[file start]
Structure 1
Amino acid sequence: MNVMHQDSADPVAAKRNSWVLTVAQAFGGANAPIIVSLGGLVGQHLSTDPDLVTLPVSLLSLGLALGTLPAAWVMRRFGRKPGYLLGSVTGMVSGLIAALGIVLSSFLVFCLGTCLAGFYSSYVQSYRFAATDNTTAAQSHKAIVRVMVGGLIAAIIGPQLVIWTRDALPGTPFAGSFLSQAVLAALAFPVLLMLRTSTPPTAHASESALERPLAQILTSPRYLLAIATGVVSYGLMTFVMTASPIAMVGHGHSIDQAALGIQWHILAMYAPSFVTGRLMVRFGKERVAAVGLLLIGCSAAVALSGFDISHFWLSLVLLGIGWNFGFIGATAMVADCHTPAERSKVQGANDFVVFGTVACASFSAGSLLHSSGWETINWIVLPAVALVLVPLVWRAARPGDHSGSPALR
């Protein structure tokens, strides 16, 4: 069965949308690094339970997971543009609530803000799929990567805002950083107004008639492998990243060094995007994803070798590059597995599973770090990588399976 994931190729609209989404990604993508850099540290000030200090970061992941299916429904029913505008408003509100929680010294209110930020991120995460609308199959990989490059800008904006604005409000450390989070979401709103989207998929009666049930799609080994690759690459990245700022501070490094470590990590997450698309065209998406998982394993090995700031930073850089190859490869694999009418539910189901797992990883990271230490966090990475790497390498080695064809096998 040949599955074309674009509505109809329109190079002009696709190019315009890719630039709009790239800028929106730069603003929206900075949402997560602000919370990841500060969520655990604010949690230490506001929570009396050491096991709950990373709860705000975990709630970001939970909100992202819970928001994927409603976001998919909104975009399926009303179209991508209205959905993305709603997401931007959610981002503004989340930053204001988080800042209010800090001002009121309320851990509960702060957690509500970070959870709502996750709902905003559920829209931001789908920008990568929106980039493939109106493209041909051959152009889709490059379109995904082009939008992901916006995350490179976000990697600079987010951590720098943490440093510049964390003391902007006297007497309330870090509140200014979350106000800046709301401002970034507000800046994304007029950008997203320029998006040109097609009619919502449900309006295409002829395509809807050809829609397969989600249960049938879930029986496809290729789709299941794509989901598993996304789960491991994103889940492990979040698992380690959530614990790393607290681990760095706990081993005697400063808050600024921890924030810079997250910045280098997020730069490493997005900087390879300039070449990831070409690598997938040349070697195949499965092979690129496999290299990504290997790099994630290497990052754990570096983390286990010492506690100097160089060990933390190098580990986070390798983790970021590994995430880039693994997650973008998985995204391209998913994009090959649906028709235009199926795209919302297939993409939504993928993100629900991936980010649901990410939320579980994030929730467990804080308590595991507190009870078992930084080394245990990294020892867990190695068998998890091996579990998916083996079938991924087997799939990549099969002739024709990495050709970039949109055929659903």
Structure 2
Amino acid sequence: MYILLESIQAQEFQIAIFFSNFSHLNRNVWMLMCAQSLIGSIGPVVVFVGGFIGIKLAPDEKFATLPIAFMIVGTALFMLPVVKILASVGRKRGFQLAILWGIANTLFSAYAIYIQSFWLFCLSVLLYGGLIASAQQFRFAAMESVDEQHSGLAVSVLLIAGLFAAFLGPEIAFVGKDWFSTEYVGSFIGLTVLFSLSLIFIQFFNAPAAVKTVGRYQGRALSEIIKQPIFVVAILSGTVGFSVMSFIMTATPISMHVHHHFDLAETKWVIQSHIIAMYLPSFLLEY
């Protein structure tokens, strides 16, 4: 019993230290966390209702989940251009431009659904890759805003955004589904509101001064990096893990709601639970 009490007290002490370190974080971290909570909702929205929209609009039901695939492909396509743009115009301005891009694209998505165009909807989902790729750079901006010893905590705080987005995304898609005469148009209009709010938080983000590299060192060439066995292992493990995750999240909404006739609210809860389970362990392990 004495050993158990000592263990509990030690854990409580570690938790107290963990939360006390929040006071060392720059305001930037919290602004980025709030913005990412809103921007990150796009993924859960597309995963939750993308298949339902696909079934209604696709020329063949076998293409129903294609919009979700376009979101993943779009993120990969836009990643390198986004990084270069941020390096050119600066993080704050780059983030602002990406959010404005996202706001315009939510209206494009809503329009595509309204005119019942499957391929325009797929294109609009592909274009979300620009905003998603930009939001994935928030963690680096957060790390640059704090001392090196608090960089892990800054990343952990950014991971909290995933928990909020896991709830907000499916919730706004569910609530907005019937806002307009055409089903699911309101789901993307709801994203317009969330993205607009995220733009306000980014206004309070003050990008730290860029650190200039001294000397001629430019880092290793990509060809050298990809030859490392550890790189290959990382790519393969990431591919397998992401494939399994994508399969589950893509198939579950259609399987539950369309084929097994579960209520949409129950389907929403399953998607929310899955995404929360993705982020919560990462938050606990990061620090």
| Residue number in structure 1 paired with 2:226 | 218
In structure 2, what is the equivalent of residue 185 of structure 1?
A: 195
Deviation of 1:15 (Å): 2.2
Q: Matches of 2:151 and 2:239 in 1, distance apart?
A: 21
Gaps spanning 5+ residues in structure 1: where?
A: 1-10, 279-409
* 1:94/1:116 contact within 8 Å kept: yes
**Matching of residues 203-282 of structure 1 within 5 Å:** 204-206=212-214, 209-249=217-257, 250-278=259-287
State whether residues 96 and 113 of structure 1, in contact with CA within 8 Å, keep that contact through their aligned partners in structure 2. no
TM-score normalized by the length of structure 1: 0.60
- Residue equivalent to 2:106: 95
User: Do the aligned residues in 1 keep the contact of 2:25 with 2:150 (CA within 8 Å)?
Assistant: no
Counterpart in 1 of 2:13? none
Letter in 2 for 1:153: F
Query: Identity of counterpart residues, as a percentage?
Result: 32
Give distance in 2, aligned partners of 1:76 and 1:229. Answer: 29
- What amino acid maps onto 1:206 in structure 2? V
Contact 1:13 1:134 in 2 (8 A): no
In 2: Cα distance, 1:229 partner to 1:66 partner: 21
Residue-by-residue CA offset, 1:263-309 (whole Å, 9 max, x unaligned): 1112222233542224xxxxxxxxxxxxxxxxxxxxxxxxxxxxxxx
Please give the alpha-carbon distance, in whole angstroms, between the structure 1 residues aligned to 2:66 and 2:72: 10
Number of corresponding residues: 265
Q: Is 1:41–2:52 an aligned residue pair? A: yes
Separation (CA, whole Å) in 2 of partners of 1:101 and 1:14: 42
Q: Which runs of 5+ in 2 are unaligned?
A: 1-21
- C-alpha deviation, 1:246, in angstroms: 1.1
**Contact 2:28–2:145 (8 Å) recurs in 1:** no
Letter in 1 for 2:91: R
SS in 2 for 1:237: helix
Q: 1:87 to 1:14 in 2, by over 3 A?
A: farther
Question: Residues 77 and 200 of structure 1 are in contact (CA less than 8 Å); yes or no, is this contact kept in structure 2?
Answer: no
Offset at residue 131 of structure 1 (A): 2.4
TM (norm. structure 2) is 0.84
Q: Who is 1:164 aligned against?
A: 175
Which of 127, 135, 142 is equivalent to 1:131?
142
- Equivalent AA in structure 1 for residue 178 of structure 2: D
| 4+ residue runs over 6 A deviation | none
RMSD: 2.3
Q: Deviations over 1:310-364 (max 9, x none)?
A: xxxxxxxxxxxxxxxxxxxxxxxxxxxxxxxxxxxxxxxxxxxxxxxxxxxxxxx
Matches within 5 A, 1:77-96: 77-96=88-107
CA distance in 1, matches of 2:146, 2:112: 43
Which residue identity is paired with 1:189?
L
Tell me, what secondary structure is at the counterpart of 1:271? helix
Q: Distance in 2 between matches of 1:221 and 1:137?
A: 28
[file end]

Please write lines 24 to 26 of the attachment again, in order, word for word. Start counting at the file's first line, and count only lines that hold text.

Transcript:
Query: Identity of counterpart residues, as a percentage?
Result: 32
Give distance in 2, aligned partners of 1:76 and 1:229. Answer: 29